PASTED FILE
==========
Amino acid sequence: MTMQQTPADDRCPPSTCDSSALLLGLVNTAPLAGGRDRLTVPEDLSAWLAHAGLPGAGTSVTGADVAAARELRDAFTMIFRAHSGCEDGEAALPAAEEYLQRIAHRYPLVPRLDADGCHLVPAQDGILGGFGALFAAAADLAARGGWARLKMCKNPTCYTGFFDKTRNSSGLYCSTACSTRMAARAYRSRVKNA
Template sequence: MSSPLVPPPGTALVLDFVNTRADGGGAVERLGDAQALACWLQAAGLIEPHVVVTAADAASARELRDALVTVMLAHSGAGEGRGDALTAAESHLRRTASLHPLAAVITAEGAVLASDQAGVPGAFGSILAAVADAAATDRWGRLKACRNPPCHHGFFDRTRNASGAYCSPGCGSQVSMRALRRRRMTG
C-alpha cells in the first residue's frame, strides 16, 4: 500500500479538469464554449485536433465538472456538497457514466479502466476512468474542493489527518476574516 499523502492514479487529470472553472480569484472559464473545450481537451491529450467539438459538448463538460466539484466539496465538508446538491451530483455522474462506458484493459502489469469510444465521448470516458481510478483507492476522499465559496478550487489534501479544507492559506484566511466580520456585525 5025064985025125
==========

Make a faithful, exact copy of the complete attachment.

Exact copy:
Amino acid sequence: MTMQQTPADDRCPPSTCDSSALLLGLVNTAPLAGGRDRLTVPEDLSAWLAHAGLPGAGTSVTGADVAAARELRDAFTMIFRAHSGCEDGEAALPAAEEYLQRIAHRYPLVPRLDADGCHLVPAQDGILGGFGALFAAAADLAARGGWARLKMCKNPTCYTGFFDKTRNSSGLYCSTACSTRMAARAYRSRVKNA
Template sequence: MSSPLVPPPGTALVLDFVNTRADGGGAVERLGDAQALACWLQAAGLIEPHVVVTAADAASARELRDALVTVMLAHSGAGEGRGDALTAAESHLRRTASLHPLAAVITAEGAVLASDQAGVPGAFGSILAAVADAAATDRWGRLKACRNPPCHHGFFDRTRNASGAYCSPGCGSQVSMRALRRRRMTG
C-alpha cells in the first residue's frame, strides 16, 4: 500500500479538469464554449485536433465538472456538497457514466479502466476512468474542493489527518476574516 499523502492514479487529470472553472480569484472559464473545450481537451491529450467539438459538448463538460466539484466539496465538508446538491451530483455522474462506458484493459502489469469510444465521448470516458481510478483507492476522499465559496478550487489534501479544507492559506484566511466580520456585525 5025064985025125